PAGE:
Jonathan Dobres

Jonathan Dobres
Massachusetts Institute of Technology | MIT · MIT Engineering Systems Division

PhD

About

63
Publications
16,607
Reads
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845
Citations

Publications

Publications (63)
Article
Full-text available
Psychophysical research on text legibility has historically investigated factors such as size, colour and contrast, but there has been relatively little direct empirical evaluation of typographic design itself, particularly in the emerging context of glance reading. In the present study, participants performed a lexical decision task controlled by...
Article
Full-text available
Classification image analysis is a psychophysical technique in which noise components of stimuli are analyzed to produce an image that reveals critical features of a task. Here we use classification images to gain greater understanding of perceptual learning. To achieve reasonable classification images within a single session, we developed an effic...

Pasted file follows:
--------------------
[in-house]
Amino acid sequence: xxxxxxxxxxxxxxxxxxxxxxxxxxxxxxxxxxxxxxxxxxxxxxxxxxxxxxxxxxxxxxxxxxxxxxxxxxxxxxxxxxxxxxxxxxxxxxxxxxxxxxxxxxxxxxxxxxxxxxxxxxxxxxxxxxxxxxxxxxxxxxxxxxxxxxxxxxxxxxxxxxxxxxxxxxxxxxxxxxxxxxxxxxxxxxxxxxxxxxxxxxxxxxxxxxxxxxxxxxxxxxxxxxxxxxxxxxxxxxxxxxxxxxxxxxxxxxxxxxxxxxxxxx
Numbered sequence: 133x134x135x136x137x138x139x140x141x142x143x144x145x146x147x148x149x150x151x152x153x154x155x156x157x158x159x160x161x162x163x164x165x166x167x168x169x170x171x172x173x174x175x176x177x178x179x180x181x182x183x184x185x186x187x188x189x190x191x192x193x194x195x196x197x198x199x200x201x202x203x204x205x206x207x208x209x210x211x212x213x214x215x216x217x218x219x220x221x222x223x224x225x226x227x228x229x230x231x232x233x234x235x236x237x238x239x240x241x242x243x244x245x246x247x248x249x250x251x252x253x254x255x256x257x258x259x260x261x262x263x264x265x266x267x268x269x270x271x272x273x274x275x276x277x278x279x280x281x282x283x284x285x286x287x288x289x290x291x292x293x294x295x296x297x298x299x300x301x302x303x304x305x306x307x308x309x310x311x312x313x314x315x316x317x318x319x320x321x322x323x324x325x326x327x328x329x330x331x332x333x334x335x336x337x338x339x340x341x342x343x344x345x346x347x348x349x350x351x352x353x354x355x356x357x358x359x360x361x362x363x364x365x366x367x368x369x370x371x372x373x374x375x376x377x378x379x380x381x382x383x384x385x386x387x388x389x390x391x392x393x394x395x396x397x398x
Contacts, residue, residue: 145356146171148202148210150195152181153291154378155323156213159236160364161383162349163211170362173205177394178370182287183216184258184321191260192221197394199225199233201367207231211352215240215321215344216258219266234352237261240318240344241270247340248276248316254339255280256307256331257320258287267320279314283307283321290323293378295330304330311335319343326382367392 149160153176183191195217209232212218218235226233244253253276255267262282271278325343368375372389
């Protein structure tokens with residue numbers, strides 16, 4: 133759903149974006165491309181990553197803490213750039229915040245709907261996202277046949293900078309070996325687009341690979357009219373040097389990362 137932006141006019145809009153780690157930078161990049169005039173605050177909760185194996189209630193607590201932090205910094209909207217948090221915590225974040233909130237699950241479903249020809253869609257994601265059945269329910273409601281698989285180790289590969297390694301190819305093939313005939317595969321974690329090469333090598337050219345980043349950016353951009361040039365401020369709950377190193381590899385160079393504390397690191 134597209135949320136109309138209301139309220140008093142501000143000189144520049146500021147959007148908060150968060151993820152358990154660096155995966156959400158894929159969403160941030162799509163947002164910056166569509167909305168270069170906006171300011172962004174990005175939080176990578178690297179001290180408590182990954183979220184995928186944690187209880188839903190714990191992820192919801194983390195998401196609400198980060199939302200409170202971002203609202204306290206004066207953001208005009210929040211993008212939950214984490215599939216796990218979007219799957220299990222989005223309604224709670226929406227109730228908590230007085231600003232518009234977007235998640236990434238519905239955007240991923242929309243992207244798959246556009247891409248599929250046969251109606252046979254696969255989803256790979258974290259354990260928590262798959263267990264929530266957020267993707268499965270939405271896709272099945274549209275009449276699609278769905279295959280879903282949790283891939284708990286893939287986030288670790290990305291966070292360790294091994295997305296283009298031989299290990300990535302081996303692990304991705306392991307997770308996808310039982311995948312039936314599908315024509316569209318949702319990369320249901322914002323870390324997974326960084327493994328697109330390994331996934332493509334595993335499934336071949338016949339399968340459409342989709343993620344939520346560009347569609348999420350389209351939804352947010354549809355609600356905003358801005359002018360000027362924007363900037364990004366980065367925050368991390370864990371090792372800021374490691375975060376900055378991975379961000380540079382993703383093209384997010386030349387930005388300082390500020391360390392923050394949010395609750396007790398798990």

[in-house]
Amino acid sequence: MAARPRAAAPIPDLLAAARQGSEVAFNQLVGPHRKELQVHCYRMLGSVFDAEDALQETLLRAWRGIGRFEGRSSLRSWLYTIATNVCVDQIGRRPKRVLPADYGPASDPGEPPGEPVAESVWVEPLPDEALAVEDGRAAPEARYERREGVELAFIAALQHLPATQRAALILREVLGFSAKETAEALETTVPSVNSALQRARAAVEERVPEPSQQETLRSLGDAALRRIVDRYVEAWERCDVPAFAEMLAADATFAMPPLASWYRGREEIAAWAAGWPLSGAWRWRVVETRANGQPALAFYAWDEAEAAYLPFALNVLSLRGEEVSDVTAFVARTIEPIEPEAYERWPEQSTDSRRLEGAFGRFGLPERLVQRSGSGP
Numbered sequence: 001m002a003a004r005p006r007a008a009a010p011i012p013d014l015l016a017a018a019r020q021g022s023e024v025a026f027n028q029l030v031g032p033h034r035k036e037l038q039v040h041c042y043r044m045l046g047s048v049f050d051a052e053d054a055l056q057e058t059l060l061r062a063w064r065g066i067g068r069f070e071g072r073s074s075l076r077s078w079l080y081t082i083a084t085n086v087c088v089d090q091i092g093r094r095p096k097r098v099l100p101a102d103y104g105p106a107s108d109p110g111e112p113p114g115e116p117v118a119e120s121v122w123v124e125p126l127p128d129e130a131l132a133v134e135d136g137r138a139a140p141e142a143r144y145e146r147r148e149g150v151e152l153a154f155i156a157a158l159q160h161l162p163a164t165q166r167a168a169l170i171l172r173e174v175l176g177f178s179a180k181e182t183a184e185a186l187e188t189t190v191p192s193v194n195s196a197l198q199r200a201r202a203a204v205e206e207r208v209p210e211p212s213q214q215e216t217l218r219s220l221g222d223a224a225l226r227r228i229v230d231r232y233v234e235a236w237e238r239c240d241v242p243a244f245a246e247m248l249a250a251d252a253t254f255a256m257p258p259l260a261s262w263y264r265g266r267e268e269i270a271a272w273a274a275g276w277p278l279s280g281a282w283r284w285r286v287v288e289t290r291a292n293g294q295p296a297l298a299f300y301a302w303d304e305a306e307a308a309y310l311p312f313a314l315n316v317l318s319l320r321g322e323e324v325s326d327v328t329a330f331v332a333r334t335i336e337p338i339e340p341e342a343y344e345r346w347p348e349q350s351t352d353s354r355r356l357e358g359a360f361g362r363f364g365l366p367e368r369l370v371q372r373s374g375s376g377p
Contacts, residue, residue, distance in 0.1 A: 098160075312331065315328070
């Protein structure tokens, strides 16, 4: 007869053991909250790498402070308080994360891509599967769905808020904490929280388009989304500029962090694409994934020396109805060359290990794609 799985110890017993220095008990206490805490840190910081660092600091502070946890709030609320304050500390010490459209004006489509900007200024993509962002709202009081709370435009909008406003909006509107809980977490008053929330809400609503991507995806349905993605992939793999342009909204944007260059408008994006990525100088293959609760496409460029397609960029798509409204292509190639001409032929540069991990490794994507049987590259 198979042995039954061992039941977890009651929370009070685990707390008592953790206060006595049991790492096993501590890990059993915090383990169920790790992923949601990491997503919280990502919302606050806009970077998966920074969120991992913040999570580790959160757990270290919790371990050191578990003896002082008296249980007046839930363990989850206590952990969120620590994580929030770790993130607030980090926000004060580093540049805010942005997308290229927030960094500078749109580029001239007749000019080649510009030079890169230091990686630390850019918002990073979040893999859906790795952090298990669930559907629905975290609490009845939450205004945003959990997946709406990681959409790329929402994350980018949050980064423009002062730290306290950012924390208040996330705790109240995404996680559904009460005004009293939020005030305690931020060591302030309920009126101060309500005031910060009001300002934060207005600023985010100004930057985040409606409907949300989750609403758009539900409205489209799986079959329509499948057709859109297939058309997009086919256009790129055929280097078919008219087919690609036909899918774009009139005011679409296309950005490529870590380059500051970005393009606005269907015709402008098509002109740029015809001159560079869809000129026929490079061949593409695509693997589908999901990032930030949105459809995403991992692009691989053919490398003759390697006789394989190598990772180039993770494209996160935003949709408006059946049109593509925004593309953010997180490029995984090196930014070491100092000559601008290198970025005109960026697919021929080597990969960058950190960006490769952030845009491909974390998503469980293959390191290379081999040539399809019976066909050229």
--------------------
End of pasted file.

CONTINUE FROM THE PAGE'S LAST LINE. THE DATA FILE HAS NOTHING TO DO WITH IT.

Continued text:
Preprint
Readability is on the cusp of a revolution. Fixed text is becoming fluid as a proliferation of digital reading devices rewrite what a document can do. As past constraints make way for more flexible opportunities, there is great need to understand how reading formats can be tuned to the situation and the individual. We aim to provide a firm foundati...
Article
Voice interfaces reduce visual demand compared with visual-manual interfaces, but the extent depends on design. This study compared visual demand during baseline driving with driving while using voice or manual inputs to place calls with Chevrolet MyLink, Volvo Sensus, or a smartphone. Mean glance duration and total eyes-off-road-time increased whe...
Article
Full-text available
In our age of ubiquitous digital displays, adults often read in short, opportunistic interludes. In this context of Interlude Reading, we consider if manipulating font choice can improve adult readers' reading outcomes. Our studies normalize font size by human perception and use hundreds of crowdsourced participants to provide a foundation for unde...
Article
Full-text available